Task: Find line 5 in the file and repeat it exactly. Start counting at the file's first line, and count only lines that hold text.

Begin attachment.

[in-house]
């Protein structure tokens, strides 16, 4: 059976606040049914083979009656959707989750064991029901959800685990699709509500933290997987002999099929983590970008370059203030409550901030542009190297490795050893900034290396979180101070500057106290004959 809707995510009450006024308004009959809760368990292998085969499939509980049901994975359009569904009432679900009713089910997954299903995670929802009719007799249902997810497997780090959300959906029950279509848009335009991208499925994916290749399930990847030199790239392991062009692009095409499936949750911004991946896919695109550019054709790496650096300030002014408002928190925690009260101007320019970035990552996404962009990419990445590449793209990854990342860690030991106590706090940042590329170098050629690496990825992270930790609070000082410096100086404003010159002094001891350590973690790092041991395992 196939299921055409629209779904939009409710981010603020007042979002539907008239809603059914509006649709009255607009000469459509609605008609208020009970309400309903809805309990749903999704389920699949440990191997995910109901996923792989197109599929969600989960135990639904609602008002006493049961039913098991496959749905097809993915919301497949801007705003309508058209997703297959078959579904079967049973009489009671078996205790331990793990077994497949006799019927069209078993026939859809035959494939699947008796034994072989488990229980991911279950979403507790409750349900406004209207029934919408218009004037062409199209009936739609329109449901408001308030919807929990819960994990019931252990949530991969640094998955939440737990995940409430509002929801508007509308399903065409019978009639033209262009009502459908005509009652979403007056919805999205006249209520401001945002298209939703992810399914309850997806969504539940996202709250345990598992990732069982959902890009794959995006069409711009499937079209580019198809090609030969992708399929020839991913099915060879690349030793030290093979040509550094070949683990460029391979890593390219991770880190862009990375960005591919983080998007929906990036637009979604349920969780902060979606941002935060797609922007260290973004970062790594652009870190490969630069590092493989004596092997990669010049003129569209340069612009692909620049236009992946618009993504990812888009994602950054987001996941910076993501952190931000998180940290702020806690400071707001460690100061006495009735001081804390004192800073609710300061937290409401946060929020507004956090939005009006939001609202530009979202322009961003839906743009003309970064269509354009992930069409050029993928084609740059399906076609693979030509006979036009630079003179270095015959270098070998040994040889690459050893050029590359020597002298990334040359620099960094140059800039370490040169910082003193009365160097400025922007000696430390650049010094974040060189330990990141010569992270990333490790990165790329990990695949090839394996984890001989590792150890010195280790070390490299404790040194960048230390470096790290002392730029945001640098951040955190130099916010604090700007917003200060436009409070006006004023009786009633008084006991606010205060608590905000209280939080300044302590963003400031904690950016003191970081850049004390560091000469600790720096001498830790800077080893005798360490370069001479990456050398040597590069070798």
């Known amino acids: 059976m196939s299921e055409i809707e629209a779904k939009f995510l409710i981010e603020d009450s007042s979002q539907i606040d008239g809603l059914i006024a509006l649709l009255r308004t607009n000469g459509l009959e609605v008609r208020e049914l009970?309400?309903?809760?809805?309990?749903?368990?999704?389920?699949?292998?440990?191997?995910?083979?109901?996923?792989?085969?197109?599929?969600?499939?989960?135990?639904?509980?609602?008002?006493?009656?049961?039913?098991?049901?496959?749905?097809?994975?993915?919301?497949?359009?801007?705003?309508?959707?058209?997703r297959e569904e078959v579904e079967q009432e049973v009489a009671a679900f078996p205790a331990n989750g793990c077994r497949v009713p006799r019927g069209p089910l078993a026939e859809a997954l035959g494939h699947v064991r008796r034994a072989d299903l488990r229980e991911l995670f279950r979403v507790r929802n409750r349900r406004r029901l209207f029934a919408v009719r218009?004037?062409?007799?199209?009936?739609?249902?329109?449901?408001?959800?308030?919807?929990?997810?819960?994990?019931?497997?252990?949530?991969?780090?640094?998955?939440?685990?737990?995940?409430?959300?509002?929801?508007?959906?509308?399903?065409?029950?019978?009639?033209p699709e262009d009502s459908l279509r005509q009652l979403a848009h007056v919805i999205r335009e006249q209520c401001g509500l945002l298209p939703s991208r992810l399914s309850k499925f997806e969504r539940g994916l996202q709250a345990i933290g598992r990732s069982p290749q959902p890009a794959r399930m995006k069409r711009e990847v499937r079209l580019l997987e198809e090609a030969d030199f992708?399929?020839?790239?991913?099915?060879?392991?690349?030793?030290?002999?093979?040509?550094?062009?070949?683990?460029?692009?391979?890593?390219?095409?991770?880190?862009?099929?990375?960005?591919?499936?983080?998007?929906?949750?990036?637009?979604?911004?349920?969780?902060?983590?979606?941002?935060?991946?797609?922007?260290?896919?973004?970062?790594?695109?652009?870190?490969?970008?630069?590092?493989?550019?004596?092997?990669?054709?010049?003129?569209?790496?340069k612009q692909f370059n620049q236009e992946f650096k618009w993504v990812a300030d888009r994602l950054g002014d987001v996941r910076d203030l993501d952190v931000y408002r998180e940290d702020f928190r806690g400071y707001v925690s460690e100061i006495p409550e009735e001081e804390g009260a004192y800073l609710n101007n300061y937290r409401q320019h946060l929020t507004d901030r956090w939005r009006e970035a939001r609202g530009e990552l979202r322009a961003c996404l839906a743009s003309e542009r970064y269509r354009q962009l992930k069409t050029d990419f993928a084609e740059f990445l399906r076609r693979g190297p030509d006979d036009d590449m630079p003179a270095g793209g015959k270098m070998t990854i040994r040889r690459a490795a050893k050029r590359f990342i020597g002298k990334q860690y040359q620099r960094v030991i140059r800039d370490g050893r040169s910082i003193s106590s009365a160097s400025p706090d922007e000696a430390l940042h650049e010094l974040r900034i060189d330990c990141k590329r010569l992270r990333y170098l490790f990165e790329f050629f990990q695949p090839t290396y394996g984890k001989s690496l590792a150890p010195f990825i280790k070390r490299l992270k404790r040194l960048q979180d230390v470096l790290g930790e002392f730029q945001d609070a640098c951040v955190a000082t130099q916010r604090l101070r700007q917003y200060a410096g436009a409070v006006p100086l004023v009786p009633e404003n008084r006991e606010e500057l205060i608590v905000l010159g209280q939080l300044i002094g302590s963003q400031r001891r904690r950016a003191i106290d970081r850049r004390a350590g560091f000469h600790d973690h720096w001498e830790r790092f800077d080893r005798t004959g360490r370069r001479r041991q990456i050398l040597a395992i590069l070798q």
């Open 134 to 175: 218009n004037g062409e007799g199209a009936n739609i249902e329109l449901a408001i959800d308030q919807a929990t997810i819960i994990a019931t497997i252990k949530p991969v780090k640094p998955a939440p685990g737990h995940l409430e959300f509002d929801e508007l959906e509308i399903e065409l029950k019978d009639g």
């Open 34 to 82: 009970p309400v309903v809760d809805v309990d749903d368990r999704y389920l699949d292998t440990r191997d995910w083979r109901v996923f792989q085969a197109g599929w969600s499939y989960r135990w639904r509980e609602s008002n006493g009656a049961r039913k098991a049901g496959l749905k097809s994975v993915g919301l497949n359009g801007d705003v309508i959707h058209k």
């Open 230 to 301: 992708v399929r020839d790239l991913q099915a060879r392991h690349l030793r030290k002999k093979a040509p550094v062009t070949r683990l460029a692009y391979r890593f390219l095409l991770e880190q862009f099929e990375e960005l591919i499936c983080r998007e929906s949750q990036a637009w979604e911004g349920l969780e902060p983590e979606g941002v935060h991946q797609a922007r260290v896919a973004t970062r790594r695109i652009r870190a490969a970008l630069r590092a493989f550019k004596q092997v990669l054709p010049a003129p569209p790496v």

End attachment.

């Open 34 to 82: 009970p309400v309903v809760d809805v309990d749903d368990r999704y389920l699949d292998t440990r191997d995910w083979r109901v996923f792989q085969a197109g599929w969600s499939y989960r135990w639904r509980e609602s008002n006493g009656a049961r039913k098991a049901g496959l749905k097809s994975v993915g919301l497949n359009g801007d705003v309508i959707h058209k």